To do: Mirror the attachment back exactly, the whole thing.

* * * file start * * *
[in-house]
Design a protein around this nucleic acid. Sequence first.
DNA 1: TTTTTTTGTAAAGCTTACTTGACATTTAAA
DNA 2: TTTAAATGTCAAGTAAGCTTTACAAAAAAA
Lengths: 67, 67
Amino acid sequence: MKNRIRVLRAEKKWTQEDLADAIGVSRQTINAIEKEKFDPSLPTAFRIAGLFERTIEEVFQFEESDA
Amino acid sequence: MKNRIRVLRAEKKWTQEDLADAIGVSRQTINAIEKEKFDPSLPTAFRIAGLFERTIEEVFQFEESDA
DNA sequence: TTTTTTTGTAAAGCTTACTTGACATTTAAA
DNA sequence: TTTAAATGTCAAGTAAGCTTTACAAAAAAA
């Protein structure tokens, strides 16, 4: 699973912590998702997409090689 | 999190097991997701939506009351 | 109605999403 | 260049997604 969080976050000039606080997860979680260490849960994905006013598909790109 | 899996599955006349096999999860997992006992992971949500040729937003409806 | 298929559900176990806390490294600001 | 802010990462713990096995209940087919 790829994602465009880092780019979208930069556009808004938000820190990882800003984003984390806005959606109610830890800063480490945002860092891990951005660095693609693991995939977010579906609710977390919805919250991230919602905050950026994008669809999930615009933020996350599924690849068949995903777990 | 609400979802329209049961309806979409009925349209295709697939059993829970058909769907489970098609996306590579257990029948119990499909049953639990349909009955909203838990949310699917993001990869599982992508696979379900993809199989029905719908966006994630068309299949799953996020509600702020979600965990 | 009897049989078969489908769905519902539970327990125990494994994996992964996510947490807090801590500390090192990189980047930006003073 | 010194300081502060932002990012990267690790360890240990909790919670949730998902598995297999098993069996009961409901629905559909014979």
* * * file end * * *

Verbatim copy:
[in-house]
Design a protein around this nucleic acid. Sequence first.
DNA 1: TTTTTTTGTAAAGCTTACTTGACATTTAAA
DNA 2: TTTAAATGTCAAGTAAGCTTTACAAAAAAA
Lengths: 67, 67
Amino acid sequence: MKNRIRVLRAEKKWTQEDLADAIGVSRQTINAIEKEKFDPSLPTAFRIAGLFERTIEEVFQFEESDA
Amino acid sequence: MKNRIRVLRAEKKWTQEDLADAIGVSRQTINAIEKEKFDPSLPTAFRIAGLFERTIEEVFQFEESDA
DNA sequence: TTTTTTTGTAAAGCTTACTTGACATTTAAA
DNA sequence: TTTAAATGTCAAGTAAGCTTTACAAAAAAA
């Protein structure tokens, strides 16, 4: 699973912590998702997409090689 | 999190097991997701939506009351 | 109605999403 | 260049997604 969080976050000039606080997860979680260490849960994905006013598909790109 | 899996599955006349096999999860997992006992992971949500040729937003409806 | 298929559900176990806390490294600001 | 802010990462713990096995209940087919 790829994602465009880092780019979208930069556009808004938000820190990882800003984003984390806005959606109610830890800063480490945002860092891990951005660095693609693991995939977010579906609710977390919805919250991230919602905050950026994008669809999930615009933020996350599924690849068949995903777990 | 609400979802329209049961309806979409009925349209295709697939059993829970058909769907489970098609996306590579257990029948119990499909049953639990349909009955909203838990949310699917993001990869599982992508696979379900993809199989029905719908966006994630068309299949799953996020509600702020979600965990 | 009897049989078969489908769905519902539970327990125990494994994996992964996510947490807090801590500390090192990189980047930006003073 | 010194300081502060932002990012990267690790360890240990909790919670949730998902598995297999098993069996009961409901629905559909014979």